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Alexander Miles facts for kids

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Alexander Miles, circa 1895

Alexander Miles (May 18, 1838 – May 7, 1918) was an American inventor and businessman, best known for being awarded a patent for automatically opening and closing elevator doors. He was awarded US patent 371207 on October 11, 1887.


Alexander Miles was born in Pickaway County near the town of Circleville, Ohio, in 1838, the son of Michael and Mary Miles. He was African-American. Miles may have resided in the nearby town of Chillicothe, Ohio, but subsequently moved to Waukesha, Wisconsin, where he earned a living as a barber. After a move to Winona, Minnesota, he met and married Mrs. Candace J. (Shedd) Dunlap, of La Porte, Indiana, a widow with two children, who was four years his senior and a native of New York. Together they had a daughter, born in 1876, named Grace. It is believed by some that Alexander got the idea for his elevator door mechanism after Grace accidentally fell down a shaft, almost ending her life. Shortly after her birth, the family relocated to Duluth, Minnesota. Here, Alexander became the first Black member of the Duluth Chamber of Commerce.

The family moved to Montgomery, Alabama by 1889, where Miles was listed in the city directories as a laborer. In 1899, he moved to Chicago where he founded The United Brotherhood as a life insurance company that would insure black people, who were often denied coverage at that time. Around 1903, they moved again, to Seattle, Washington, where he worked in a hotel as a barber.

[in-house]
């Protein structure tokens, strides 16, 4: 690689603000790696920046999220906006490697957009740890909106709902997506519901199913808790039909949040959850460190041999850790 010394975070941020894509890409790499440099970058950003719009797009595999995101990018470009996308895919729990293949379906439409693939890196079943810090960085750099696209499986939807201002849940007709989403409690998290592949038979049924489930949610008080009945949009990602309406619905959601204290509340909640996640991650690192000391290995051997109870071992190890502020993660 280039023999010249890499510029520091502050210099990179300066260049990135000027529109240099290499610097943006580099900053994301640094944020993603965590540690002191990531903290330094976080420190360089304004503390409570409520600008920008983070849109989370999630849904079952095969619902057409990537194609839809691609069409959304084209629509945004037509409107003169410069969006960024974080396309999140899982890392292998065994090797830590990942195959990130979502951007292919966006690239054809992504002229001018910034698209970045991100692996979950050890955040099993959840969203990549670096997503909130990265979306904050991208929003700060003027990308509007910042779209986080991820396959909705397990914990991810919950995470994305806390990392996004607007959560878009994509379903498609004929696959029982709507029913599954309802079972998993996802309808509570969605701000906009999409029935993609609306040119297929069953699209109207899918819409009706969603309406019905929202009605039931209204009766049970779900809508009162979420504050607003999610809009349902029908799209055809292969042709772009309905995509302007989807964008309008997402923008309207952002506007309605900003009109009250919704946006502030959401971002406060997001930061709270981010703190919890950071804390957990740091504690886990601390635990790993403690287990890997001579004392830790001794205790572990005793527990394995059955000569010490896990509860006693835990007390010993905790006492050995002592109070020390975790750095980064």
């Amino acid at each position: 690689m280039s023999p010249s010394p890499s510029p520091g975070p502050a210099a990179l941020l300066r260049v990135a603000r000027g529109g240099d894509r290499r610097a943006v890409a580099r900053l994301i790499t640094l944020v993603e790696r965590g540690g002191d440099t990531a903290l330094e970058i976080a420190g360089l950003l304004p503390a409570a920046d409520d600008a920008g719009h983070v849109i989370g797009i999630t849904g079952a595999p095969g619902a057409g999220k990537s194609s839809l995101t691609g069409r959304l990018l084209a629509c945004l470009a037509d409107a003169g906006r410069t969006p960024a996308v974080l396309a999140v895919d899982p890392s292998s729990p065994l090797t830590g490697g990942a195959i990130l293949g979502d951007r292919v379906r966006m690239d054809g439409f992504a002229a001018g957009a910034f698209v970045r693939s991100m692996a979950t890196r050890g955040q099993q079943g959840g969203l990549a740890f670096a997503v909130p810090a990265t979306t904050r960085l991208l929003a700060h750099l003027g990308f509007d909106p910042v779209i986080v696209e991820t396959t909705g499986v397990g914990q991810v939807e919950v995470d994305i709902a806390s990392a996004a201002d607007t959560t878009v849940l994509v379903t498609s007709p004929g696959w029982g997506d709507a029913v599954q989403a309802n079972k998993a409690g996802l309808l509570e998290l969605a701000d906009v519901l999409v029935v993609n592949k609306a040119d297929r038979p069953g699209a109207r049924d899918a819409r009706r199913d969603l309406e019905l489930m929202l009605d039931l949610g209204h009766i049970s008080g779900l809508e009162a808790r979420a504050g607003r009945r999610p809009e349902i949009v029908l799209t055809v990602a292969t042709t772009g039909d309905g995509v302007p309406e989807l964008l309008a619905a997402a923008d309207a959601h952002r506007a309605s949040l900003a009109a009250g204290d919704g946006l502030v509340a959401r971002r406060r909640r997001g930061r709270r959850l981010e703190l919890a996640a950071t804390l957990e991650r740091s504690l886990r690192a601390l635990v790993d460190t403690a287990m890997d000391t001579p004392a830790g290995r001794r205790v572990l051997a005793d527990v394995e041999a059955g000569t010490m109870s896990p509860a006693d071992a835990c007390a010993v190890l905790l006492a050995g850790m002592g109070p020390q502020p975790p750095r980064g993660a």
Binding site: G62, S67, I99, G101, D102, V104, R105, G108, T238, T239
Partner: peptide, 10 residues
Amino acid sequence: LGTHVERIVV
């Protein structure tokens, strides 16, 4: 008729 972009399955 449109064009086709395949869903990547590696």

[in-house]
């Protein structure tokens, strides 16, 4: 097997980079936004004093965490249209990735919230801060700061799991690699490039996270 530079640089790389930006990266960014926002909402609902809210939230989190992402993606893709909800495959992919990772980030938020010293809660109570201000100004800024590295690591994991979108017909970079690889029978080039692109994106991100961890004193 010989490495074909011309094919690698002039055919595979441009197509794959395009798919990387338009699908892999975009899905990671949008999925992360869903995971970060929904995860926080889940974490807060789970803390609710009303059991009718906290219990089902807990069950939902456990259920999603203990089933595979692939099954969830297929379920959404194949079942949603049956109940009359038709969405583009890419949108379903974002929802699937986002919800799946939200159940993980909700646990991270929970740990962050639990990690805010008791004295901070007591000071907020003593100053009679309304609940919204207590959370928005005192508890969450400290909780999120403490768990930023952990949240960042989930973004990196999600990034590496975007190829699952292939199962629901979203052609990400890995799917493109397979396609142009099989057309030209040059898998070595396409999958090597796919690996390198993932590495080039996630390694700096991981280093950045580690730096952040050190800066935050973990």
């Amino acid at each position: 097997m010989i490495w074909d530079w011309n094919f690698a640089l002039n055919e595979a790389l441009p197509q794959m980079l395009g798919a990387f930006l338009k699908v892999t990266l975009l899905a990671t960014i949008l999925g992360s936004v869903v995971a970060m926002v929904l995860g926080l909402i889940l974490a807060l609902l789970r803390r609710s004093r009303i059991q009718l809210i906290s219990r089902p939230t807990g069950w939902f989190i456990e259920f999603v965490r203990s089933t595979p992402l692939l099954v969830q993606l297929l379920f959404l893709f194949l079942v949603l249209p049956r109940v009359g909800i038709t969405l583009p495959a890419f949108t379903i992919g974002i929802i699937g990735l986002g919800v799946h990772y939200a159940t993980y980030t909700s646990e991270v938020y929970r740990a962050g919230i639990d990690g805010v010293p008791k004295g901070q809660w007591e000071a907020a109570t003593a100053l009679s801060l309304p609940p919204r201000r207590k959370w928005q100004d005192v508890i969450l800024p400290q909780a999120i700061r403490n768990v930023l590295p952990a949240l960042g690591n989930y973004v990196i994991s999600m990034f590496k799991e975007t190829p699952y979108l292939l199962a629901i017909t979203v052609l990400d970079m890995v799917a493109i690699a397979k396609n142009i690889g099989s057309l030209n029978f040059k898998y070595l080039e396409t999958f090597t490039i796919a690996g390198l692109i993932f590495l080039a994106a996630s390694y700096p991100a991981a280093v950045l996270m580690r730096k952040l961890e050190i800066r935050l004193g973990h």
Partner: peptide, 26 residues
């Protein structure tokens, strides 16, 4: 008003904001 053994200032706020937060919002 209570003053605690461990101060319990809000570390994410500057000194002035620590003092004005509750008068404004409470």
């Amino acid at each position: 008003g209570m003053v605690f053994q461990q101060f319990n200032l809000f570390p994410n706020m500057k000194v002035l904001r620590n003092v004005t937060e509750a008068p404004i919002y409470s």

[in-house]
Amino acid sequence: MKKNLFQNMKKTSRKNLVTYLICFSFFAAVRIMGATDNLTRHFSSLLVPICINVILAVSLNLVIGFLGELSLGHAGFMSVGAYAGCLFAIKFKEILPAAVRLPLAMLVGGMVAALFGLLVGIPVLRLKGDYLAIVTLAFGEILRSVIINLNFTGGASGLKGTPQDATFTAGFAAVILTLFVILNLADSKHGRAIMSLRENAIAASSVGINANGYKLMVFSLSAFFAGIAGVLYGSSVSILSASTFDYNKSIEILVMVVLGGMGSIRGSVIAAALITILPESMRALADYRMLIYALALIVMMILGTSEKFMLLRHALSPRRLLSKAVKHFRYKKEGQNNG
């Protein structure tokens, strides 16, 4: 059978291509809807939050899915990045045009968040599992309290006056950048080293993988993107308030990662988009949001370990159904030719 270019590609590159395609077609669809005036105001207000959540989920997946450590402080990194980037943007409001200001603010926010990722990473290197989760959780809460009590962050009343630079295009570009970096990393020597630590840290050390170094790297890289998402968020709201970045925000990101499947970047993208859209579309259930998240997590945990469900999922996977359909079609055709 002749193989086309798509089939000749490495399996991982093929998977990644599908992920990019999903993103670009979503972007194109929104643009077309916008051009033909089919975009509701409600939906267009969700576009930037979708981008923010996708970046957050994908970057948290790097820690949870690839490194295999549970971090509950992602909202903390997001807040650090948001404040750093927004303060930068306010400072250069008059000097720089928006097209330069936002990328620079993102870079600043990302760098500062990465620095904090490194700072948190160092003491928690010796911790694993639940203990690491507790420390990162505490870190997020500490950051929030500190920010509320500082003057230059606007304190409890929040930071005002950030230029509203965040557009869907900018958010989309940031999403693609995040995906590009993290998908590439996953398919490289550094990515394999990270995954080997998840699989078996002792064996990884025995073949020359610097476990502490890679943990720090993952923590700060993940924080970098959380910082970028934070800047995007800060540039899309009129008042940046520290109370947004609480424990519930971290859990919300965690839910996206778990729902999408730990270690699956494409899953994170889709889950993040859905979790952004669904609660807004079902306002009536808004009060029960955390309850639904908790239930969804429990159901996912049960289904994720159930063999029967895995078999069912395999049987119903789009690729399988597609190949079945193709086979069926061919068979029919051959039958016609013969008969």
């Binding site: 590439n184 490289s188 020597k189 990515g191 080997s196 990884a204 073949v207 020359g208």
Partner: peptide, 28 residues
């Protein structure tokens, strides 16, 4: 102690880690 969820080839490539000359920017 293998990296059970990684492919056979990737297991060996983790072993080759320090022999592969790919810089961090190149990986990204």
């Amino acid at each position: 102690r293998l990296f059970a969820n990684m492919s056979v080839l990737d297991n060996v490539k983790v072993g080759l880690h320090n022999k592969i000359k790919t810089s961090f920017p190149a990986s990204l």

Miles died in 1918, and was inducted into the National Inventors Hall of Fame in 2007.

Elevator innovation

In his time, doors of the elevators had to be closed manually, often by dedicated operators. If the shaft was not closed, people could fall through it leading to some horrific accidents. Miles improved on this mechanism by designing a flexible belt attachment to the elevator cage, and drums positioned to indicate if the elevator has reached a floor. The belt allowed for automatic opening and closing when the elevator reached the drums on the respective floors, by means of levers and rollers.

Miles was granted a patent for this mechanism in 1887, thus greatly improving the safety and efficiency of elevators. John W. Meaker was granted a patent 13 years earlier for another related mechanism of automatic closing of elevator doors. He is a "part of a very select group" of African-American inventors and scientists.

See also

Black History Month on Kiddle
African-American Women in Medicine:
Mary Eliza Mahoney
Susie King Taylor
Ida Gray
Eliza Ann Grier
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